Washington Irving’s short story The Legend of Sleepy Hollow, which formed the basis for the 1999 film Sleepy Hollow, tells the story of the headless horseman.

Many believe that Irving drew inspiration from a trip to Europe, as this character is a staple of Northern European mythology.

The Irish equivalent is the Dullahan. Using a whip made from a human skeleton, the Dullahan drives the Death Coach to visit people whose death is imminent.

2. Balor – leader of the Fomorians

Balor is a giant.
Credit: pixabay

Balor is a giant and the legendary leader of the Fomorians – a group of malevolent supernatural beings in Irish mythology.

According to legend, Balor learned of a prophecy that his grandson would kill him. To offset this, he locked his daughter, Eithne, in a tower to prevent her from ever becoming pregnant.

However, seeking revenge for a stolen cow, Cian mac Cáinte infiltrates the tower and impregnates Eithne. She gives birth to three sons, whose deaths Balor orders. However, unbeknownst to him, one survives and eventually slays the giant.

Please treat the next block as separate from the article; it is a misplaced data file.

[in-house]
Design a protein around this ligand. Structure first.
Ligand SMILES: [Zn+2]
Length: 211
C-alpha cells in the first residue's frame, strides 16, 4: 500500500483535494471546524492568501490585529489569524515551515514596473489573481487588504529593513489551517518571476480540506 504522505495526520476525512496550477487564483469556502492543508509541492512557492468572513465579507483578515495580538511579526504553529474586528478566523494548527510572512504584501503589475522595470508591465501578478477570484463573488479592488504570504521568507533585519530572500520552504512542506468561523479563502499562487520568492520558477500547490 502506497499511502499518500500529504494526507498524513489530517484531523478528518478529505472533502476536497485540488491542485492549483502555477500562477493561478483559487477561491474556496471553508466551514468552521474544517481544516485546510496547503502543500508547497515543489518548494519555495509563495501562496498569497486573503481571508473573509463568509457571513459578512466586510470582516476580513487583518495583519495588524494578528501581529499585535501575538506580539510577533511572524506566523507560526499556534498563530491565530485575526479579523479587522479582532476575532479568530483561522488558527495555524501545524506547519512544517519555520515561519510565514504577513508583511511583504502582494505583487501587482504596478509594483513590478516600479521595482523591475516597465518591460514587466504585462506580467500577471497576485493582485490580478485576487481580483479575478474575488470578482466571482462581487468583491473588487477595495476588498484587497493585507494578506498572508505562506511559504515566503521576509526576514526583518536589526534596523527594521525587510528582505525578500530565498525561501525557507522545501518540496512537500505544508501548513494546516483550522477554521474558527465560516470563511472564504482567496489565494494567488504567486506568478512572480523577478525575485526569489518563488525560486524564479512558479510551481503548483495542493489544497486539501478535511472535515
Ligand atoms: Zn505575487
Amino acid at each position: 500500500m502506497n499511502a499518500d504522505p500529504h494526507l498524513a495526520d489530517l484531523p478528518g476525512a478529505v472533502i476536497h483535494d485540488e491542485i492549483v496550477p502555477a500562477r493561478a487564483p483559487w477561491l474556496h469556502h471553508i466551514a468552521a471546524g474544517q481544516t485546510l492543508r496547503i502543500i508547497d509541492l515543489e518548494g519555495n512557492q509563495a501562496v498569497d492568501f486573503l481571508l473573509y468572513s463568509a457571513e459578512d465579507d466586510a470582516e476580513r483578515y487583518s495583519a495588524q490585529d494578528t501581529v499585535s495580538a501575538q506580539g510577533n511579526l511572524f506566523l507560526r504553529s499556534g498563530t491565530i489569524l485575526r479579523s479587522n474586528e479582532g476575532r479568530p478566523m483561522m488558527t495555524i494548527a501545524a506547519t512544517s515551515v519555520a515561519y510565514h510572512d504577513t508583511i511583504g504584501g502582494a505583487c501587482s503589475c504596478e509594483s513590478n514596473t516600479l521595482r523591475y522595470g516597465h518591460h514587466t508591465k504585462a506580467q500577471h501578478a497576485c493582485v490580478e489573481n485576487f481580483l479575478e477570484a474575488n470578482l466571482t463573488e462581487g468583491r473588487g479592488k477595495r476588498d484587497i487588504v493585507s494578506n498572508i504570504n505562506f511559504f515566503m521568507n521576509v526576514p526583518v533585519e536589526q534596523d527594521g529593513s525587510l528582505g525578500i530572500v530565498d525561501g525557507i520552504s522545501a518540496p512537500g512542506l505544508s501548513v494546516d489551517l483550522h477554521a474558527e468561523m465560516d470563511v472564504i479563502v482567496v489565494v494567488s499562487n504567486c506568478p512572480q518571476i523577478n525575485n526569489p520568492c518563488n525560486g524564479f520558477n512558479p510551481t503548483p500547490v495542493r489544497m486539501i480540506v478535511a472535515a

The story also tells of Balor’s large evil eye that would wreak havoc and destruction when opened.

1. The banshee – one of the most well-known Irish monsters

The Banshee is one of the best-known Irish monsters.
Credit: commons.wikimedia.org

Brought to recent prominence by Martin McDonagh’s film The Banshees of Inisherin, the banshee is one of the most well-known Irish monsters.

Banshees are commonly depicted as female characters, and their appearance is said to herald the death of a relative.

Irish legend tells that one will hear the keen (wail) of a banshee when a family member died. If a relative died in another part of the country or world, hearing the banshee’s keen was the first news of this death.

We’re sure that these Irish monsters that will give you nightmares demonstrate the existence of a much darker side to the folklore of Ireland. We hope you can sleep tonight.